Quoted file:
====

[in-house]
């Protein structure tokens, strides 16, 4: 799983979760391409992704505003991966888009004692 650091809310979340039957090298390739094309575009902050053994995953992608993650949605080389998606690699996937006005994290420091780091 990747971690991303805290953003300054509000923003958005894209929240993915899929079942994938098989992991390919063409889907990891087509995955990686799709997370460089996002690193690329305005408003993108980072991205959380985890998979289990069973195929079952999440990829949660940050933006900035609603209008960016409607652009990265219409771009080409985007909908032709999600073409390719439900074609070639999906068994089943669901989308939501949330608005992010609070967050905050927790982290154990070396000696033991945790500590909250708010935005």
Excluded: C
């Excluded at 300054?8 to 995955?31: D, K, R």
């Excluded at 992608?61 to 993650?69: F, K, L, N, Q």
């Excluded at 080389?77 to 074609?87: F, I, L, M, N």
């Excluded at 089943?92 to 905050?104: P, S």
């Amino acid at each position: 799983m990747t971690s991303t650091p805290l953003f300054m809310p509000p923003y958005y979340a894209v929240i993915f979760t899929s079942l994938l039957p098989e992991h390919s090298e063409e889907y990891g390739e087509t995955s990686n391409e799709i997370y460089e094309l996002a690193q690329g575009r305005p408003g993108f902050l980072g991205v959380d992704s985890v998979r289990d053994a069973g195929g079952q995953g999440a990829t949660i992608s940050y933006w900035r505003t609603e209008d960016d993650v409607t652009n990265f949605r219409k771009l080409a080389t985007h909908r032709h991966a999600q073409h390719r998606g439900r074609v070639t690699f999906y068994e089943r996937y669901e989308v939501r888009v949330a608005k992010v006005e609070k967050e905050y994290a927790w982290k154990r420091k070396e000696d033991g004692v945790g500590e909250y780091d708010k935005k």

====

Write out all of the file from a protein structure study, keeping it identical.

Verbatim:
[in-house]
């Protein structure tokens, strides 16, 4: 799983979760391409992704505003991966888009004692 650091809310979340039957090298390739094309575009902050053994995953992608993650949605080389998606690699996937006005994290420091780091 990747971690991303805290953003300054509000923003958005894209929240993915899929079942994938098989992991390919063409889907990891087509995955990686799709997370460089996002690193690329305005408003993108980072991205959380985890998979289990069973195929079952999440990829949660940050933006900035609603209008960016409607652009990265219409771009080409985007909908032709999600073409390719439900074609070639999906068994089943669901989308939501949330608005992010609070967050905050927790982290154990070396000696033991945790500590909250708010935005």
Excluded: C
């Excluded at 300054?8 to 995955?31: D, K, R």
């Excluded at 992608?61 to 993650?69: F, K, L, N, Q």
């Excluded at 080389?77 to 074609?87: F, I, L, M, N």
């Excluded at 089943?92 to 905050?104: P, S």
């Amino acid at each position: 799983m990747t971690s991303t650091p805290l953003f300054m809310p509000p923003y958005y979340a894209v929240i993915f979760t899929s079942l994938l039957p098989e992991h390919s090298e063409e889907y990891g390739e087509t995955s990686n391409e799709i997370y460089e094309l996002a690193q690329g575009r305005p408003g993108f902050l980072g991205v959380d992704s985890v998979r289990d053994a069973g195929g079952q995953g999440a990829t949660i992608s940050y933006w900035r505003t609603e209008d960016d993650v409607t652009n990265f949605r219409k771009l080409a080389t985007h909908r032709h991966a999600q073409h390719r998606g439900r074609v070639t690699f999906y068994e089943r996937y669901e989308v939501r888009v949330a608005k992010v006005e609070k967050e905050y994290a927790w982290k154990r420091k070396e000696d033991g004692v945790g500590e909250y780091d708010k935005k």